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Old 03-11-2019, 05:40 PM
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Default Acrylic Front Glass?

I know it's not recommended to put acrylic on the top with lights due to heat and warping issues. Would it work for the front glass? I'm about to take the plunge and build a tank using PVC boards. I would like to use acrylic for the front glass to cut down on weight as I would like to have a hinged door with a single pane of glass rather than 2 sliding glass doors. Lights are LED which really don't add more than one degree of heat in my other tank.
Any thoughts?
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Old 03-11-2019, 07:24 PM
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Default Re: Acrylic Front Glass?

Acrylic warps because of the humidity differential between one side of the sheet and the other. Heat doesn't warp acrylic noticeably in our applications, though incandescent lamps can begin to melt it.

Lots of folks have a hard time believing this. Here's some proof: an acrylic top on a humid viv will curl the outer edges of the sheet upward (forming a bowl). This is because the sheet is absorbing water (from the humid bottom side) and causing that side to expand -- the bottom side of the panel becomes longer than the top side. This happens even if the sheet is fully supported by a taut screen (so this is not a matter of heat softening combined with gravity).

If overhead lighting were causing the bowing by expanding the top of the sheet, the sheet would curl the outer edges downward (forming a hill).

The acrylic sheets used on T5HO aquarium lighting that side in under the tubes to act as splash guards don't bow at all, though they encounter a lot of heat. This is because those fixtures are suspended far enough above the water that there is no humidity differential between the sides of the sheet.
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Old 03-11-2019, 10:46 PM
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Default Re: Acrylic Front Glass?

I just made a quick&cheap tank conversion for my godson and used acrylic doors as my first pass (since I already had some pieces and it was free). The acrylic wasted no time in warping (bowing inward toward the tank since the tank-side face absorbed moisture and expanded). In his case, it's a plant-only viv so the warp-induced gaps in the doors are not an immediate problem - but I'm going to need to replace the doors with glass soon.

It takes a little longer to wait for glass to be cut, and it's a bit more expensive, but I would not waste my time with acrylic. Using glass also means you can use more effective cleansers if you ever need to clean stubborn stains or deposits from the doors.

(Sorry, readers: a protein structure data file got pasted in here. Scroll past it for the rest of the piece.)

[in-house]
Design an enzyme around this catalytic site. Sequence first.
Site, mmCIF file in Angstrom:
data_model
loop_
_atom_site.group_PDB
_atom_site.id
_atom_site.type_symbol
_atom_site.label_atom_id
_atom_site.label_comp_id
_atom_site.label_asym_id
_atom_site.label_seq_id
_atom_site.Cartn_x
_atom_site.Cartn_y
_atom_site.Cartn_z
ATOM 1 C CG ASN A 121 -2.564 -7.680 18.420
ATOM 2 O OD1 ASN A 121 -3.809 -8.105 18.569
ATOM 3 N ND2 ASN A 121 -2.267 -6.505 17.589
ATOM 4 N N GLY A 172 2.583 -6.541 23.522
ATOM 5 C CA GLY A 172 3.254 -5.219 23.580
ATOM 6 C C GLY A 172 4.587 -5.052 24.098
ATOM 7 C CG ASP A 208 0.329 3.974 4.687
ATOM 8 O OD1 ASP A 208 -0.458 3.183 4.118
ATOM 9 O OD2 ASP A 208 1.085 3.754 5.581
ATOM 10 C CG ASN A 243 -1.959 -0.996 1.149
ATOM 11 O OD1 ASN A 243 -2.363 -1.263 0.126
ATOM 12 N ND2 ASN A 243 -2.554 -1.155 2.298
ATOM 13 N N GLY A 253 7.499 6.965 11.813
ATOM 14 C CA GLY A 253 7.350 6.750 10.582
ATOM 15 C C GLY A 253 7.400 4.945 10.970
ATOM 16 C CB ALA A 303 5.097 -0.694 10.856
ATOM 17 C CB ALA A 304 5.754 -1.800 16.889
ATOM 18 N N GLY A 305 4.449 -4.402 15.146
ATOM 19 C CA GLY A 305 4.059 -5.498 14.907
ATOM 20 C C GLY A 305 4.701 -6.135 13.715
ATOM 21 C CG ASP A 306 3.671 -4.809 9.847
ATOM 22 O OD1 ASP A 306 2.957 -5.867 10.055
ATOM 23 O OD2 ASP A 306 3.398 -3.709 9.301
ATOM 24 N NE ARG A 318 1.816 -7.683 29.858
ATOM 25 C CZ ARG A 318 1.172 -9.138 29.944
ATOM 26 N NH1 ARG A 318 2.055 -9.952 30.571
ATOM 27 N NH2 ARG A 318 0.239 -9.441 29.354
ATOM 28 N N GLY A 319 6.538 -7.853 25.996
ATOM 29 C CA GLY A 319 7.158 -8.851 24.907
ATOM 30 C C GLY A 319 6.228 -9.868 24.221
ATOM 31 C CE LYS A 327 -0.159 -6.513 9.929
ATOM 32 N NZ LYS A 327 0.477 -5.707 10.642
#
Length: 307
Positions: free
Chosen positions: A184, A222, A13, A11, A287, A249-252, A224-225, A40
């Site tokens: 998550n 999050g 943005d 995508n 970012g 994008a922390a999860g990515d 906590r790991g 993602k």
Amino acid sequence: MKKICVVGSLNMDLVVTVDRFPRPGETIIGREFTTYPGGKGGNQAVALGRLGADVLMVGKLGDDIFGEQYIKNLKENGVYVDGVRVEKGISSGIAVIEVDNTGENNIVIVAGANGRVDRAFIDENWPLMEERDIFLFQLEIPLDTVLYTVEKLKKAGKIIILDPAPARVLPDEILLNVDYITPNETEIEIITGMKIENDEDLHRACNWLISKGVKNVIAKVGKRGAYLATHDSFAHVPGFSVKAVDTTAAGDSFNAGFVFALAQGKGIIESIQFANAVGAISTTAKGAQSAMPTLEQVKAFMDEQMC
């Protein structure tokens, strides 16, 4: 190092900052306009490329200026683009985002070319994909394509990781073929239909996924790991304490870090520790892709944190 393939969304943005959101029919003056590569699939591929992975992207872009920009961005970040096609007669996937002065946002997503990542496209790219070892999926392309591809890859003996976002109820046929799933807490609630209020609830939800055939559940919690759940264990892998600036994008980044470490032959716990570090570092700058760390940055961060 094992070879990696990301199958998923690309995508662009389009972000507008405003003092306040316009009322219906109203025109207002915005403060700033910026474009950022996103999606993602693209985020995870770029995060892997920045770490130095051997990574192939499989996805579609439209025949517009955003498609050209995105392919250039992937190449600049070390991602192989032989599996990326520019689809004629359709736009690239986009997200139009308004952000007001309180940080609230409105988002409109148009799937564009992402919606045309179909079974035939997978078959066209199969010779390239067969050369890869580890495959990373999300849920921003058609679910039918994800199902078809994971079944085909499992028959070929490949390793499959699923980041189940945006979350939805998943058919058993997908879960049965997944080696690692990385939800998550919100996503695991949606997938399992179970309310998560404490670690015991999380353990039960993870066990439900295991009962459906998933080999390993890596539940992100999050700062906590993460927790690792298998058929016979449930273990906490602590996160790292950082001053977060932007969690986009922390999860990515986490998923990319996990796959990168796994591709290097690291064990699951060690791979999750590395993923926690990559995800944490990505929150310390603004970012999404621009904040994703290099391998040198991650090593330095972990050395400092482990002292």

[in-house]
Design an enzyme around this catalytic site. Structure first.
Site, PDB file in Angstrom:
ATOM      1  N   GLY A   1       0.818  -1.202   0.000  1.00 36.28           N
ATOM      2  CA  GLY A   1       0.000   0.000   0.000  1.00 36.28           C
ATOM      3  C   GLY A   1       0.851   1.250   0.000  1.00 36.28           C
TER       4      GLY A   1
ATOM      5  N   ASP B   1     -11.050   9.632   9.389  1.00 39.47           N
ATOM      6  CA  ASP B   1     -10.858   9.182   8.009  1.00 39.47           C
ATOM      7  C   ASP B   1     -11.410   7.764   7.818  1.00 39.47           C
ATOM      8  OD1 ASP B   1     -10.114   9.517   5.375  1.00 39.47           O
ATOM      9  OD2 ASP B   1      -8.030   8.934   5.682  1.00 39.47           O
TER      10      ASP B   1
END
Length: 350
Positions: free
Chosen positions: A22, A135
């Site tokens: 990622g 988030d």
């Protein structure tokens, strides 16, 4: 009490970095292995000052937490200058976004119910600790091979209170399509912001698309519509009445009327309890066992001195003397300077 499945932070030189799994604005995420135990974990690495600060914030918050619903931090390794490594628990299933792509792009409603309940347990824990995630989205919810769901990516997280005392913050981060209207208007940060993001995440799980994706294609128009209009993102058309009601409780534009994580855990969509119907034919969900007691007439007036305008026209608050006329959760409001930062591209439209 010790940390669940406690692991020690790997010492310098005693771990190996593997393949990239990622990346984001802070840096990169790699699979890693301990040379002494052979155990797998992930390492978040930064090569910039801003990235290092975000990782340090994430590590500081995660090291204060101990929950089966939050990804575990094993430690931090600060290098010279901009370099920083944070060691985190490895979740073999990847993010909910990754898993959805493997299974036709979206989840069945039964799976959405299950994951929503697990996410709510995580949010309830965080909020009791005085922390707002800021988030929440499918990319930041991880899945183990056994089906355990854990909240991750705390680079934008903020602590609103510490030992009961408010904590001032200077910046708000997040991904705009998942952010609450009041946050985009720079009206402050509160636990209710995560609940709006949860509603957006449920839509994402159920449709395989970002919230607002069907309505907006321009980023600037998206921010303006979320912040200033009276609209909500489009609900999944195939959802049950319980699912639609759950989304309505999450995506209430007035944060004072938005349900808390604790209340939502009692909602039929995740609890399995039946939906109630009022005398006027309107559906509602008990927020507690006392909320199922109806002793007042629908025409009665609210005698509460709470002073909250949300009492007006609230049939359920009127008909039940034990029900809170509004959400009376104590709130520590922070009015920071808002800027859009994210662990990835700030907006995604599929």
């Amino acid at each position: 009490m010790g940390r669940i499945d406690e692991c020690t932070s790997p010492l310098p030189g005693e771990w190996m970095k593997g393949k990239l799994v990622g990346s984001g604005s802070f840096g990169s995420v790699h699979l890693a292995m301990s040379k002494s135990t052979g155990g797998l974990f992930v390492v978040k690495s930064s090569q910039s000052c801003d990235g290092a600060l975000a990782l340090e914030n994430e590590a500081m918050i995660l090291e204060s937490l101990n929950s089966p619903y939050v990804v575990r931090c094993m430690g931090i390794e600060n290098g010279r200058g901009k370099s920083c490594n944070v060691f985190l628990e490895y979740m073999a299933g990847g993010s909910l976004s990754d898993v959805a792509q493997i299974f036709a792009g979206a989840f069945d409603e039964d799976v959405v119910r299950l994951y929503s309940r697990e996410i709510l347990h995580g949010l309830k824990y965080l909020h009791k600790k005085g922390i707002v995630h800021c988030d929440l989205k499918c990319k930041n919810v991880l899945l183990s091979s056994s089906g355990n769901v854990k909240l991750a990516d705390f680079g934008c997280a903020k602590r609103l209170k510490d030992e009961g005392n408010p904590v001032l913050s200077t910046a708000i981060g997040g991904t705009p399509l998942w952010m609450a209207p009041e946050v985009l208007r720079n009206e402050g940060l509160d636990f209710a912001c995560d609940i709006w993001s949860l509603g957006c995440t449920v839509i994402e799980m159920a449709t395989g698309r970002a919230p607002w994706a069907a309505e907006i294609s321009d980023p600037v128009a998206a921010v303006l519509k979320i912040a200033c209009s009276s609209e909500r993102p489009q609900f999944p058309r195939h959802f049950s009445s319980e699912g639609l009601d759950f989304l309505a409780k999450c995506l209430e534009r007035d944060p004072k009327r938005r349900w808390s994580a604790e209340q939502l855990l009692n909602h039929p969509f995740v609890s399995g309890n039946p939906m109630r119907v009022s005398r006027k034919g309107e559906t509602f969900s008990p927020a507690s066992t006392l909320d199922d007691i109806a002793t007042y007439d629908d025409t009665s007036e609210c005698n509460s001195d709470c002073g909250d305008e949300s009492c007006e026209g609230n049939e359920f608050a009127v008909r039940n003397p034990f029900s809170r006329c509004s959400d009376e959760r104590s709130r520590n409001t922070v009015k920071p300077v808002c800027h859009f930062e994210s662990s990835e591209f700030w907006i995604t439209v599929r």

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Old 03-11-2019, 11:48 PM
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Default Re: Acrylic Front Glass?

OP - Also note it's not "a rule" that with glass fronts your only option is bypass doors. There are also glass hinges available online - you could do a single, or a pair of hinged doors. A few require drilling but most just use friction, or set screws.

Some folks here have used these glass hinges, and a few have even posted pictures of their excellent work. (Try searching?) I'm not one of them! Ha ha. I'm still just a bypass, door-track schlub. But I've got ambition, and I'm pretty handy, so one day I'm gonna take the plunge. Maybe you can beat me to it? I'd take care with rust. I'd probably drill, and go with all-plastic hardware. Others might choose differently.

And - I unreservedly join the others in steering you away from plastic fronts. It's gonna look like crap, and leak bugs & frogs, pronto. Glass is your friend, trust it.

good luck!
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Old 03-13-2019, 08:52 PM
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Default Re: Acrylic Front Glass?

Thank you all for the replies. I will stick with glass.
And thank you for the input on the hinges too. I didn't even think about the rust issues there. My plan is to have a front panel frame that the glass goes in, so the hinges can be screwed into the framework instead of directly to the glass.
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Old 03-14-2019, 01:15 AM
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Default Re: Acrylic Front Glass?

Quote:
Originally Posted by Socratic Monologue View Post
Acrylic warps because of the humidity differential between one side of the sheet and the other. Heat doesn't warp acrylic noticeably in our applications, though incandescent lamps can begin to melt it.

Lots of folks have a hard time believing this. Here's some proof: an acrylic top on a humid viv will curl the outer edges of the sheet upward (forming a bowl). This is because the sheet is absorbing water (from the humid bottom side) and causing that side to expand -- the bottom side of the panel becomes longer than the top side. This happens even if the sheet is fully supported by a taut screen (so this is not a matter of heat softening combined with gravity).

If overhead lighting were causing the bowing by expanding the top of the sheet, the sheet would curl the outer edges downward (forming a hill).

The acrylic sheets used on T5HO aquarium lighting that side in under the tubes to act as splash guards don't bow at all, though they encounter a lot of heat. This is because those fixtures are suspended far enough above the water that there is no humidity differential between the sides of the sheet.
Thanks for the concise and clear explanation. I've always known it was the humidity differential. Heck I have experienced it a couple times. But I have never been able to wrap my brain around what is actually happening when it warps. I much prefer to understand what's going on to parroting conventional wisdom.
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